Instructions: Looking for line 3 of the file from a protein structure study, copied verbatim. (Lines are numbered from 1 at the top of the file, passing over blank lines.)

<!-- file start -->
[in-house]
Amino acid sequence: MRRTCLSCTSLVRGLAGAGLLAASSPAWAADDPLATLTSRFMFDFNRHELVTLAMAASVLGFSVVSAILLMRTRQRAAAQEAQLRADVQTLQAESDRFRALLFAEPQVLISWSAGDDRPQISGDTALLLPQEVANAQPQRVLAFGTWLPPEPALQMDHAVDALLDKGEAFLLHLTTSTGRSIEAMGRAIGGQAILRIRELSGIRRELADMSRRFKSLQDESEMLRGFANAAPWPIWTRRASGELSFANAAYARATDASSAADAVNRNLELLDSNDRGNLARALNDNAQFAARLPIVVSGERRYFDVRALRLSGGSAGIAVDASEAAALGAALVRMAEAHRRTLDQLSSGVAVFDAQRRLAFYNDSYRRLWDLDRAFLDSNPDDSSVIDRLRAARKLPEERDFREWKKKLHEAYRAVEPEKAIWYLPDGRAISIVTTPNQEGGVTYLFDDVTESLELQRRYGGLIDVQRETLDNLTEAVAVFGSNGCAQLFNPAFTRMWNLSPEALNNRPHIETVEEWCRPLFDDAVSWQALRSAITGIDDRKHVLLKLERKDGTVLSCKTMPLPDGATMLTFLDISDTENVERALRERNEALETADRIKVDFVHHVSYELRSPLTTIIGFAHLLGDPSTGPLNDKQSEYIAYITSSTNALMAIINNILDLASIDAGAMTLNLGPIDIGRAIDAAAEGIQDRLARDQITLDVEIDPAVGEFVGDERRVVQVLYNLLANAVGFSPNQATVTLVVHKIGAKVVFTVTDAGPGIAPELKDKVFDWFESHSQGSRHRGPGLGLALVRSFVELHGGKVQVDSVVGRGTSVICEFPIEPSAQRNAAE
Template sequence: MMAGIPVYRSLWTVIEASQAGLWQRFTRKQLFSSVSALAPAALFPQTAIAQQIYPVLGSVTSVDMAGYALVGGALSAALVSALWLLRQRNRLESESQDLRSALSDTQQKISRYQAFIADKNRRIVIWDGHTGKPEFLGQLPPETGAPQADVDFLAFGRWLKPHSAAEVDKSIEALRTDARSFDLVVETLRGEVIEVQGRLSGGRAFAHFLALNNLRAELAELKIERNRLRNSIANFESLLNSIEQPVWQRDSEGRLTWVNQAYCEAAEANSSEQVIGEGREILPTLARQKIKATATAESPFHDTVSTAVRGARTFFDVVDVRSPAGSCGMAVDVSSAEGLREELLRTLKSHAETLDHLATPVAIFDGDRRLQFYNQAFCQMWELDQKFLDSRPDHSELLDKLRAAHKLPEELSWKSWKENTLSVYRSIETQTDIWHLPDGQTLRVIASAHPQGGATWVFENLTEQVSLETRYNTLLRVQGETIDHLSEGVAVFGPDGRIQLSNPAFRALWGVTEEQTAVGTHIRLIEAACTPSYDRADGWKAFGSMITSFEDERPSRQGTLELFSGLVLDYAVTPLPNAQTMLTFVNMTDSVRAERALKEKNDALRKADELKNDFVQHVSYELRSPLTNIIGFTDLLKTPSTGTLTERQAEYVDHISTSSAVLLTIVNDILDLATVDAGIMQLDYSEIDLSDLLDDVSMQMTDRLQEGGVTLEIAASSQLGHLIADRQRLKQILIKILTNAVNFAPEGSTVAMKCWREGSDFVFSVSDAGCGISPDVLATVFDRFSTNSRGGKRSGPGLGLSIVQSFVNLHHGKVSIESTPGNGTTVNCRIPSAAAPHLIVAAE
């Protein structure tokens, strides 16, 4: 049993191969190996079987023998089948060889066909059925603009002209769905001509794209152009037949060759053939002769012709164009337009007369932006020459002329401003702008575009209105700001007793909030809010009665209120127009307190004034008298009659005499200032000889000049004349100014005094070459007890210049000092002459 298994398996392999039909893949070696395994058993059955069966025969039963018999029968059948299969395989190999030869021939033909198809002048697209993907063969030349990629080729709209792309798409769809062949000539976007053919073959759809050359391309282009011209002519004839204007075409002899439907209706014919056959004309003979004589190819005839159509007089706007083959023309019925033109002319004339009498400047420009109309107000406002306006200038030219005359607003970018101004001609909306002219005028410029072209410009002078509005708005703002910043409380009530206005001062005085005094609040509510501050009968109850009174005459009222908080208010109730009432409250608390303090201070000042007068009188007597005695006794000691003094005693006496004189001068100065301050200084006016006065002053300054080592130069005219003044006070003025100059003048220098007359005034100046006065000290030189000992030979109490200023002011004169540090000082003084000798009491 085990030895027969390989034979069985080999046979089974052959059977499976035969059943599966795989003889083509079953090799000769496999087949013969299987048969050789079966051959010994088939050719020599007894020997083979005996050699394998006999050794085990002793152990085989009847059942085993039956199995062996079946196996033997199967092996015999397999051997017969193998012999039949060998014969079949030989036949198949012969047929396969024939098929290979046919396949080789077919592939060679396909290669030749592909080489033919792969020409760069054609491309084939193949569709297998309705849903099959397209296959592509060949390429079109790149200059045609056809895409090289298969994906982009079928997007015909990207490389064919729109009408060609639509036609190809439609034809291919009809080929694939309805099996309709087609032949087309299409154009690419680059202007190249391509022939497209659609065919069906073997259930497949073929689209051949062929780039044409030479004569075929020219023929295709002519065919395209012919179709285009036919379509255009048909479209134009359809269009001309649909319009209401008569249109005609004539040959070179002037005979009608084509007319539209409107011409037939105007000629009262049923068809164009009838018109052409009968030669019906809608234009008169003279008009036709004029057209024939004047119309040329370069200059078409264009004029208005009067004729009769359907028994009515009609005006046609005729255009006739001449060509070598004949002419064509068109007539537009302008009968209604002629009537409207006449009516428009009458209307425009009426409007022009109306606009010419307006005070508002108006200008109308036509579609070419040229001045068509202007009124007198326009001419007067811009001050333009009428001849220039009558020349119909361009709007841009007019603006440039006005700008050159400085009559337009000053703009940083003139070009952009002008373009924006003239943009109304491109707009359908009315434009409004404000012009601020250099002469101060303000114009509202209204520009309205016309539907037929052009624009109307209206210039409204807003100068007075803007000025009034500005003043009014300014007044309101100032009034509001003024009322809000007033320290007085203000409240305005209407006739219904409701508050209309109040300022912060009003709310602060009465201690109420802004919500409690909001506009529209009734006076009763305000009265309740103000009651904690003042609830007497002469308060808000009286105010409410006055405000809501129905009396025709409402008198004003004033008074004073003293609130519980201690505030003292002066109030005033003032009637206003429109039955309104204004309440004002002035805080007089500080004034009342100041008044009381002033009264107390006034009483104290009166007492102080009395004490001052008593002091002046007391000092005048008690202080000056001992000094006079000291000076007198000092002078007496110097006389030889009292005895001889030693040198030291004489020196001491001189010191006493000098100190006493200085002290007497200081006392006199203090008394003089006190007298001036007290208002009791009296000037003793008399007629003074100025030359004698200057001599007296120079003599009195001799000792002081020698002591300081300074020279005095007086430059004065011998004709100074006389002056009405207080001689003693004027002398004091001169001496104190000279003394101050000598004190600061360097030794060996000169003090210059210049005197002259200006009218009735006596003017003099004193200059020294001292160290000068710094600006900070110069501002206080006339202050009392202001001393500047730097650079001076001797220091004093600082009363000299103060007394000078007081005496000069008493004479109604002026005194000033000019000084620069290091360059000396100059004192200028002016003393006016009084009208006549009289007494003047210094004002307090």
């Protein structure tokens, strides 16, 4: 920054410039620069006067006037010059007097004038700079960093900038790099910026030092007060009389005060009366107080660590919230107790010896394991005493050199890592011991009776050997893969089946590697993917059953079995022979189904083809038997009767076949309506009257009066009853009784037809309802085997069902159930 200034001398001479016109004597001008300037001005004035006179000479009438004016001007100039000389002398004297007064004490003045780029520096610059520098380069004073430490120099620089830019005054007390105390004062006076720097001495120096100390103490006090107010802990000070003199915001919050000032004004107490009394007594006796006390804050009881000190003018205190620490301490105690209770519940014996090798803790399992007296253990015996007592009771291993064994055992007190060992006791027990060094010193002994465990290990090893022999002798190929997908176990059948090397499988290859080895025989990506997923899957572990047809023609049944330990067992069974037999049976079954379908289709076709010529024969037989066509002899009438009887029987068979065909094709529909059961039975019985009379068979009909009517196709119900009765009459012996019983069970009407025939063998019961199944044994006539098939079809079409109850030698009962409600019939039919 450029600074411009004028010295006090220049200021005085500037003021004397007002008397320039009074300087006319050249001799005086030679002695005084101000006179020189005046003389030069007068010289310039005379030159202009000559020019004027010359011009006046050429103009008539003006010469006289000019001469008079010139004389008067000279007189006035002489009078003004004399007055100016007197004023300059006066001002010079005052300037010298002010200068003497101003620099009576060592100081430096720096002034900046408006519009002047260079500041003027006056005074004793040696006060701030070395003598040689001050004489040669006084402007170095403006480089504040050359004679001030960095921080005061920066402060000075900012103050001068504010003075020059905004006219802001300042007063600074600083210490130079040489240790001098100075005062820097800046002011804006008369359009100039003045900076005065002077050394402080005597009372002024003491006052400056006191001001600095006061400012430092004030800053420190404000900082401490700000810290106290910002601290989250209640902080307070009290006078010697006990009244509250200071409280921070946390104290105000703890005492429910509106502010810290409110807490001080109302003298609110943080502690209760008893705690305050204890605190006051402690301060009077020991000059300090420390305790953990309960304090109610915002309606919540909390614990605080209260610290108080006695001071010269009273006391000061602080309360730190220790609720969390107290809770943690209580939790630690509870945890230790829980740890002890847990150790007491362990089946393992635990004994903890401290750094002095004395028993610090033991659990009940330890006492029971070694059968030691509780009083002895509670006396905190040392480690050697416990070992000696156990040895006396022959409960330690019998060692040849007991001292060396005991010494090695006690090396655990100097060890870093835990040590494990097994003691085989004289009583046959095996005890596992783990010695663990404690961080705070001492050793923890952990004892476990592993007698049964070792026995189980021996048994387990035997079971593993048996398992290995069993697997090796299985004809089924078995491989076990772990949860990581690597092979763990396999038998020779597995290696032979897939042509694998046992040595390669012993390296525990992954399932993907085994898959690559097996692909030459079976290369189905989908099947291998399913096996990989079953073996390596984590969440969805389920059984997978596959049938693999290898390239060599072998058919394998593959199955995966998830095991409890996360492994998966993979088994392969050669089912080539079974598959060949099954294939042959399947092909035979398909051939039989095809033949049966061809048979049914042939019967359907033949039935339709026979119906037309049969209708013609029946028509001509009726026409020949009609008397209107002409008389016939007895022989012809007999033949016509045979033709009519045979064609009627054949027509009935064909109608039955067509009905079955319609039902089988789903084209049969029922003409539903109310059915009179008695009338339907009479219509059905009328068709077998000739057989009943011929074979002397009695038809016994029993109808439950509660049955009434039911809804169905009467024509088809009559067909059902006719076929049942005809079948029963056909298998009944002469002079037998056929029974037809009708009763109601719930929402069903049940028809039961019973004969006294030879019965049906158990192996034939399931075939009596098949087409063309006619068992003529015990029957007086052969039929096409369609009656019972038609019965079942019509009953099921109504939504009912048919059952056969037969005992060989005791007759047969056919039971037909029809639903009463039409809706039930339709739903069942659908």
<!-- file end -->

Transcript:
Template sequence: MMAGIPVYRSLWTVIEASQAGLWQRFTRKQLFSSVSALAPAALFPQTAIAQQIYPVLGSVTSVDMAGYALVGGALSAALVSALWLLRQRNRLESESQDLRSALSDTQQKISRYQAFIADKNRRIVIWDGHTGKPEFLGQLPPETGAPQADVDFLAFGRWLKPHSAAEVDKSIEALRTDARSFDLVVETLRGEVIEVQGRLSGGRAFAHFLALNNLRAELAELKIERNRLRNSIANFESLLNSIEQPVWQRDSEGRLTWVNQAYCEAAEANSSEQVIGEGREILPTLARQKIKATATAESPFHDTVSTAVRGARTFFDVVDVRSPAGSCGMAVDVSSAEGLREELLRTLKSHAETLDHLATPVAIFDGDRRLQFYNQAFCQMWELDQKFLDSRPDHSELLDKLRAAHKLPEELSWKSWKENTLSVYRSIETQTDIWHLPDGQTLRVIASAHPQGGATWVFENLTEQVSLETRYNTLLRVQGETIDHLSEGVAVFGPDGRIQLSNPAFRALWGVTEEQTAVGTHIRLIEAACTPSYDRADGWKAFGSMITSFEDERPSRQGTLELFSGLVLDYAVTPLPNAQTMLTFVNMTDSVRAERALKEKNDALRKADELKNDFVQHVSYELRSPLTNIIGFTDLLKTPSTGTLTERQAEYVDHISTSSAVLLTIVNDILDLATVDAGIMQLDYSEIDLSDLLDDVSMQMTDRLQEGGVTLEIAASSQLGHLIADRQRLKQILIKILTNAVNFAPEGSTVAMKCWREGSDFVFSVSDAGCGISPDVLATVFDRFSTNSRGGKRSGPGLGLSIVQSFVNLHHGKVSIESTPGNGTTVNCRIPSAAAPHLIVAAE